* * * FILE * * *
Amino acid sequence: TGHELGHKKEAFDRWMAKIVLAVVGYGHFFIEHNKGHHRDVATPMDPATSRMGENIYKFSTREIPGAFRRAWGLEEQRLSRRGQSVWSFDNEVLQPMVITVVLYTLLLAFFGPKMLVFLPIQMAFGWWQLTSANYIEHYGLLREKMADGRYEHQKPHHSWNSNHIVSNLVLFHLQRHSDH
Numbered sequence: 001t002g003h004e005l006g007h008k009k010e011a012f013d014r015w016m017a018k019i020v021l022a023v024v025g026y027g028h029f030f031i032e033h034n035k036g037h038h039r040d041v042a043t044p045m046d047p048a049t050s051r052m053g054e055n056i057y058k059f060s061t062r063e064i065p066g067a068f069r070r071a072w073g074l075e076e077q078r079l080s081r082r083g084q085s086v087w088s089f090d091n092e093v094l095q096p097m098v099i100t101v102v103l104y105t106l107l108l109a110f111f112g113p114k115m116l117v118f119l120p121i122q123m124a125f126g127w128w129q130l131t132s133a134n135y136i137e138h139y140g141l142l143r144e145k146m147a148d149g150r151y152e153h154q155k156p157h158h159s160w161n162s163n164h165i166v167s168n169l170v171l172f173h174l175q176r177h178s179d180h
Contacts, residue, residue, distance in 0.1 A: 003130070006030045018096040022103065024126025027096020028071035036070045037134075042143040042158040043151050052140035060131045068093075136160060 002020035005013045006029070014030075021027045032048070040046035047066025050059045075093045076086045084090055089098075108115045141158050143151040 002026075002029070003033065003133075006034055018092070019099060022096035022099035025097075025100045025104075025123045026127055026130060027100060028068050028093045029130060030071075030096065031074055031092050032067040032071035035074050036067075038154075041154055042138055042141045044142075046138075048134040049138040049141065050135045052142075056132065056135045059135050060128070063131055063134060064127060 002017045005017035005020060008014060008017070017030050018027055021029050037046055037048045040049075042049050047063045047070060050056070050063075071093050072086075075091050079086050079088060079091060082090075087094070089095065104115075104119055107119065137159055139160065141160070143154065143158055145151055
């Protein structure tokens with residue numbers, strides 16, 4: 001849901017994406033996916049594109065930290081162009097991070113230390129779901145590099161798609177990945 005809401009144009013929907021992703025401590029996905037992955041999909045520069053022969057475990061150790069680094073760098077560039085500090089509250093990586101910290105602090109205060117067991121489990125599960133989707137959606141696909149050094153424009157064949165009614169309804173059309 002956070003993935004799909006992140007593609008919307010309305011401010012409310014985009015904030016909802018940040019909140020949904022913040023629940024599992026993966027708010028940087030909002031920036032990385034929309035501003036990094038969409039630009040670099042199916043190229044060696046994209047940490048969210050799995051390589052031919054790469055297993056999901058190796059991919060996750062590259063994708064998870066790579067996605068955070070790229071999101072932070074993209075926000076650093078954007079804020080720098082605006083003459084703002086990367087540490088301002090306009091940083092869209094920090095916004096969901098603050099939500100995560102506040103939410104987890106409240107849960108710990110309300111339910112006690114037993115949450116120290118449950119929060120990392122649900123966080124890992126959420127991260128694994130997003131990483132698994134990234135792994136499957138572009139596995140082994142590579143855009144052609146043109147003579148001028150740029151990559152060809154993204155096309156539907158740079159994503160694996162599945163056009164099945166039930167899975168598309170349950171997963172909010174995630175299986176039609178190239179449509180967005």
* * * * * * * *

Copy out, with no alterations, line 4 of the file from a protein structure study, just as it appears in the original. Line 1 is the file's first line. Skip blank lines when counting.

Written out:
């Protein structure tokens with residue numbers, strides 16, 4: 001849901017994406033996916049594109065930290081162009097991070113230390129779901145590099161798609177990945 005809401009144009013929907021992703025401590029996905037992955041999909045520069053022969057475990061150790069680094073760098077560039085500090089509250093990586101910290105602090109205060117067991121489990125599960133989707137959606141696909149050094153424009157064949165009614169309804173059309 002956070003993935004799909006992140007593609008919307010309305011401010012409310014985009015904030016909802018940040019909140020949904022913040023629940024599992026993966027708010028940087030909002031920036032990385034929309035501003036990094038969409039630009040670099042199916043190229044060696046994209047940490048969210050799995051390589052031919054790469055297993056999901058190796059991919060996750062590259063994708064998870066790579067996605068955070070790229071999101072932070074993209075926000076650093078954007079804020080720098082605006083003459084703002086990367087540490088301002090306009091940083092869209094920090095916004096969901098603050099939500100995560102506040103939410104987890106409240107849960108710990110309300111339910112006690114037993115949450116120290118449950119929060120990392122649900123966080124890992126959420127991260128694994130997003131990483132698994134990234135792994136499957138572009139596995140082994142590579143855009144052609146043109147003579148001028150740029151990559152060809154993204155096309156539907158740079159994503160694996162599945163056009164099945166039930167899975168598309170349950171997963172909010174995630175299986176039609178190239179449509180967005």